A doctor who sits on the independent SAGE panel has warned of the dangers of re-opening nightclubs during the ongoing coronavirus pandemic.
Dr. Gabriel Scally has suggested that the government decided to open nightclubs on July 19 to achieve “herd immunity”.
Dr. Scally said: “I think it’s justifiable to open nightclubs but only if you believe this government policy that it’s good to have infection, and it’s good to have illness, and it’s good to have death during the summer rather than trying to prevent or postpone those into later in the year.”
He continued: “So there is a case for it, but that case is immoral and unethical.”
— Independent SAGE (@IndependentSage) July 24, 2021
Less than 48 hours after the government lifted all restrictions in England, vaccines minister Nadhim Zahawi announced that people will have to be fully vaccinated in order to gain entry into clubs this September.
Proof of a negative coronavirus test will not be accepted alone as a condition of entry, vaccines minister Nadhim Zahawi confirmed on “freedom day” earlier this week (July 19), which was reiterated during a remote press conference held by Prime Minister Boris Johnson.
Johnson noted in the briefing that 35 per cent of 18-30 year olds are still “completely unvaccinated”. Pending the success of the vaccination rollout in England, all those aged 18 and over will have been offered both jabs by September.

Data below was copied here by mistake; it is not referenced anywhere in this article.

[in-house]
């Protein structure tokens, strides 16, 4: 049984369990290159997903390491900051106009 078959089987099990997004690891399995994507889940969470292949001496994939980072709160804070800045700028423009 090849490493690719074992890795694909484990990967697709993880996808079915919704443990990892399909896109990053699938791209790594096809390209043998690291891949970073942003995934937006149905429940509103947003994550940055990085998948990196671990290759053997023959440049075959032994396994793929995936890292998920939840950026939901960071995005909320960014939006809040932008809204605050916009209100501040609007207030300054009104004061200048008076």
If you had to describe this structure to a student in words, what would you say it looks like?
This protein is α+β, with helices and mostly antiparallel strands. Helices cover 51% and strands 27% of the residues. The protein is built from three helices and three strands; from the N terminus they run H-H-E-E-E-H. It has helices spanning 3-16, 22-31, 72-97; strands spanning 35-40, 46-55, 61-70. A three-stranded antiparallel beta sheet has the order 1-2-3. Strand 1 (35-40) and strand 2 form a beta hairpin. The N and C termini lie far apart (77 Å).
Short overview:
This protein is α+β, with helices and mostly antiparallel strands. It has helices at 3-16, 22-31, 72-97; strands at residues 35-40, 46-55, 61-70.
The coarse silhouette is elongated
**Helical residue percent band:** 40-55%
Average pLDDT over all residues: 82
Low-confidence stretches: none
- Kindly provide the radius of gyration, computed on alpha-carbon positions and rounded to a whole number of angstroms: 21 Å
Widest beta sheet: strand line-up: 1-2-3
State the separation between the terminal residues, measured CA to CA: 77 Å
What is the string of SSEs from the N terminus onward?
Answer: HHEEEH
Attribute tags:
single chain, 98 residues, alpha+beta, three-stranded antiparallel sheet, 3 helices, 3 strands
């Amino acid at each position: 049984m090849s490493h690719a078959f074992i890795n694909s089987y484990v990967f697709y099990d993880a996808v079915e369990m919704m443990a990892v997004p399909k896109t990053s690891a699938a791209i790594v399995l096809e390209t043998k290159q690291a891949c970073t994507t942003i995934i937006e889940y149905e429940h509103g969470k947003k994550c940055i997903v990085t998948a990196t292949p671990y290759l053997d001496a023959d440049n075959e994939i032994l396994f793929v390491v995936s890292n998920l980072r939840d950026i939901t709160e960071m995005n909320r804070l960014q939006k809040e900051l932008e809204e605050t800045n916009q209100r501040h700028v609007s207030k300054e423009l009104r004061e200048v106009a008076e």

He added that the vaccines provide “immense benefits” to everyone’s health and safety, but that they also give access to social “pleasures” such as clubbing.
Michael Kill, CEO of the Night Time Industries Association, responded to the government’s announcement saying: “So, ‘freedom day’ for nightclubs lasted around 17 hours then…. The announcement from the Prime Minister that Covid passports will be made mandatory for night clubs in September comes after his Health Secretary said only one week ago that they would not be compulsory. What an absolute shambles.
“Leaving aside the fact that this is yet another chaotic u-turn that will leave nightclubs who have been planning for reopening for months will now have to make more changes to the way they operate – this is still a bad idea.
“80 per cent of nightclubs have said they do not want to implement covid passports, worrying about difficulties with enforcing the system and a reduction in spontaneous consumers, as well as being put at a competitive disadvantage with pubs and bars that aren’t subject to the same restrictions and yet provide similar environments.”
Greg Parmley, CEO of LIVE added: “The government has had several different positions on Covid certification in the last six months and we will need to see more detail before we can understand the full impact for the live music industry. Many festivals and large venues are already adopting some level of Covid certification, and as responsible event organisers, will continue to do so.”
“What we are absolutely clear about, however, is that venues such as small music clubs should not be treated any differently to other similar-sized hospitality businesses such as bars and restaurants when it comes to the need for Covid vaccine certification.”
Nightlife resumed in England on July 19 as the country entered the fourth and final stage of its route out of lockdown. A large number of nightclubs held special opening parties, opening their doors as the restrictions were lifted at midnight.
The Music Venue Trust encouraged attendees to take a lateral flow test before attending.